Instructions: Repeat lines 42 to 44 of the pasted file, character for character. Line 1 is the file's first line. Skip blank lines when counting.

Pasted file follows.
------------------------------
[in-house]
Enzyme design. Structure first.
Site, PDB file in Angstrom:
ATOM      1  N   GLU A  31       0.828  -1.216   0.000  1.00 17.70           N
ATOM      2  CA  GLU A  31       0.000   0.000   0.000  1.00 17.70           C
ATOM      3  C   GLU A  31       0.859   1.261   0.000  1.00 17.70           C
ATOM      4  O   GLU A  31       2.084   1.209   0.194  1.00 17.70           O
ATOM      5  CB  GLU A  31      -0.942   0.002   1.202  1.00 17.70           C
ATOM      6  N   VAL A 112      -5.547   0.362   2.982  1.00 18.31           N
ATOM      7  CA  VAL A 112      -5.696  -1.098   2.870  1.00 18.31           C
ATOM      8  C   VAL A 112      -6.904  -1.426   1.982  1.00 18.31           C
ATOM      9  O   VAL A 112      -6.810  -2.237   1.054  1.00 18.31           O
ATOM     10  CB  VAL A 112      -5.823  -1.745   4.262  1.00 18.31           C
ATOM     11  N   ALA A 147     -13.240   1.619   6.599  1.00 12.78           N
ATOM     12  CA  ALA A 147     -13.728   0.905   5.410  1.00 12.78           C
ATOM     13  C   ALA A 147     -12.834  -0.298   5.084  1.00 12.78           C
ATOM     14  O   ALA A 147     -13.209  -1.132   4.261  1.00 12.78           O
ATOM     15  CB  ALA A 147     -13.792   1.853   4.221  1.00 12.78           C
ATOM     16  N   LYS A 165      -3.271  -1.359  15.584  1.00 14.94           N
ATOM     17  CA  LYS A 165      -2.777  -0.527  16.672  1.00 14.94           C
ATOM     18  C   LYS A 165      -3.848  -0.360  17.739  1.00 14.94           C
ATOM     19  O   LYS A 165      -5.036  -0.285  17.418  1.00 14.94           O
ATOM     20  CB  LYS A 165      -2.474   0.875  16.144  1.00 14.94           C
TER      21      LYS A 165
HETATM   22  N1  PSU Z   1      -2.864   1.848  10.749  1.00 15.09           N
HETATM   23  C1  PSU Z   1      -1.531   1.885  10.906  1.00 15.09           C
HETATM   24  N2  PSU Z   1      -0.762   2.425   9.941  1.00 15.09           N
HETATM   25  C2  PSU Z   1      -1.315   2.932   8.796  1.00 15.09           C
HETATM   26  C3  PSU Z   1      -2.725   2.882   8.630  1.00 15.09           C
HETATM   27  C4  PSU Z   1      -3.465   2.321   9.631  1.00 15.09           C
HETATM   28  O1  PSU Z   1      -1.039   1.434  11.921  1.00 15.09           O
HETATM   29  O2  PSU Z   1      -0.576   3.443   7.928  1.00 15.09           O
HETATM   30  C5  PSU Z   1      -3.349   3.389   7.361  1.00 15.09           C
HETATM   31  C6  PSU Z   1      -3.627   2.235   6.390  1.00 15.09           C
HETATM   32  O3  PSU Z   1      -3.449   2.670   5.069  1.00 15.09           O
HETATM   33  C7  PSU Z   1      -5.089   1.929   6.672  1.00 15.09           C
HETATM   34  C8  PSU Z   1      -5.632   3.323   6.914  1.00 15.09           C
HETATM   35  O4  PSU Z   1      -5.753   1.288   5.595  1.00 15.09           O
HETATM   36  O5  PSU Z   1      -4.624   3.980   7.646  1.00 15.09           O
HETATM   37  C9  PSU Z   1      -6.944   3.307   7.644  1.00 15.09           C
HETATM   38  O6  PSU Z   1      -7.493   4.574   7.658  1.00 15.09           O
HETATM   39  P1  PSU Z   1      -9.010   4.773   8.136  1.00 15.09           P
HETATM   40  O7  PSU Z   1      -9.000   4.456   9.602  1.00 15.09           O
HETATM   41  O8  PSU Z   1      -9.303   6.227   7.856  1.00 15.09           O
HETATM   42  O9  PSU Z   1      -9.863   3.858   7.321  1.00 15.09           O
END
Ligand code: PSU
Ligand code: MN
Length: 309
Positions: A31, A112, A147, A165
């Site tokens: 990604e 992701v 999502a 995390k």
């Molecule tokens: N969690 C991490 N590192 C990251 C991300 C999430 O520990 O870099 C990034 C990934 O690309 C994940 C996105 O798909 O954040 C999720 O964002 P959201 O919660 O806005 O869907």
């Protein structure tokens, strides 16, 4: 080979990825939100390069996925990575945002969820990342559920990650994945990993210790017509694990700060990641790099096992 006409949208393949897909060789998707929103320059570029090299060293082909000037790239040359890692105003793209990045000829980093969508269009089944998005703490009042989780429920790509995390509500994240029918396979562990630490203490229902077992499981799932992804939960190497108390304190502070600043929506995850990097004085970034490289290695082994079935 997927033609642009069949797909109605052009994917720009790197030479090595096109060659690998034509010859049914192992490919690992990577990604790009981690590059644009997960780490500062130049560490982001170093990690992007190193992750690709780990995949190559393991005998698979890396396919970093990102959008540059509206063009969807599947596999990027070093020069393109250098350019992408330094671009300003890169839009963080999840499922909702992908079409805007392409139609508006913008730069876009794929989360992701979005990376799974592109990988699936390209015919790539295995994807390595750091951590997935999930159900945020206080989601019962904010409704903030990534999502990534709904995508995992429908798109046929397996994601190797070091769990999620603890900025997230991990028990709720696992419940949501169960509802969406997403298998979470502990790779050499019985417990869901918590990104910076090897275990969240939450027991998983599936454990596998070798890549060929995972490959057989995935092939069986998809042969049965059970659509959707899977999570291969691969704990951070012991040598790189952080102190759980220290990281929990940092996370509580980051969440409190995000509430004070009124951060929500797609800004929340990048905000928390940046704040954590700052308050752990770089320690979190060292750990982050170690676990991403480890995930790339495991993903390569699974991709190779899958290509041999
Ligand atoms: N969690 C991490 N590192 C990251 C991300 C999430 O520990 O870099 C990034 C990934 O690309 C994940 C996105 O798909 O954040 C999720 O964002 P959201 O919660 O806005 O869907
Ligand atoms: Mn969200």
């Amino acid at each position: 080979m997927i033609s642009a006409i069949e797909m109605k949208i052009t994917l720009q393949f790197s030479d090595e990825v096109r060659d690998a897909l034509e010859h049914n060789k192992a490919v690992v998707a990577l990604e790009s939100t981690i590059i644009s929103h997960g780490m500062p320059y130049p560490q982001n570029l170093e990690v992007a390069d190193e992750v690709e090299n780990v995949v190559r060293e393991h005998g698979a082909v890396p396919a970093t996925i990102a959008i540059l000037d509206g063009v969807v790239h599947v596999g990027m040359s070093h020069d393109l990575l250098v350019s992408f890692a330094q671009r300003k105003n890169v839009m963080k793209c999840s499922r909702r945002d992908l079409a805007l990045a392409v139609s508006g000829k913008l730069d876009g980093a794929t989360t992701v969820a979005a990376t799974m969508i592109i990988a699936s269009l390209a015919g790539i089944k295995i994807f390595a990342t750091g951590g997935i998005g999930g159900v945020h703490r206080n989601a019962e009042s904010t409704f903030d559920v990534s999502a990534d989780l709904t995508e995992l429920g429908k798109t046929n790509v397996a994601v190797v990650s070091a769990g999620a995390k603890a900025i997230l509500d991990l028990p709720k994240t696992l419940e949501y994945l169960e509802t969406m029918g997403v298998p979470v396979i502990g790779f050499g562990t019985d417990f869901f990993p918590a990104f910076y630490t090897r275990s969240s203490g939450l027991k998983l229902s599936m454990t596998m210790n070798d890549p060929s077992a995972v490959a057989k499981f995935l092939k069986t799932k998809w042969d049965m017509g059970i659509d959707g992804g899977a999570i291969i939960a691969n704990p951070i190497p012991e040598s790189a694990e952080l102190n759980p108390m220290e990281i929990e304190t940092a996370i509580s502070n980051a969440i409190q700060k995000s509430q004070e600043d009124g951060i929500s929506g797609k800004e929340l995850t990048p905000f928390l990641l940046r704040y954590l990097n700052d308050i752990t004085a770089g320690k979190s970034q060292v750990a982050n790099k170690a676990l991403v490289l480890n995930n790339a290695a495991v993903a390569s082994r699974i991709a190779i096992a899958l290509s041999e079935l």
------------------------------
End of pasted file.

HETATM   39  P1  PSU Z   1      -9.010   4.773   8.136  1.00 15.09           P
HETATM   40  O7  PSU Z   1      -9.000   4.456   9.602  1.00 15.09           O
HETATM   41  O8  PSU Z   1      -9.303   6.227   7.856  1.00 15.09           O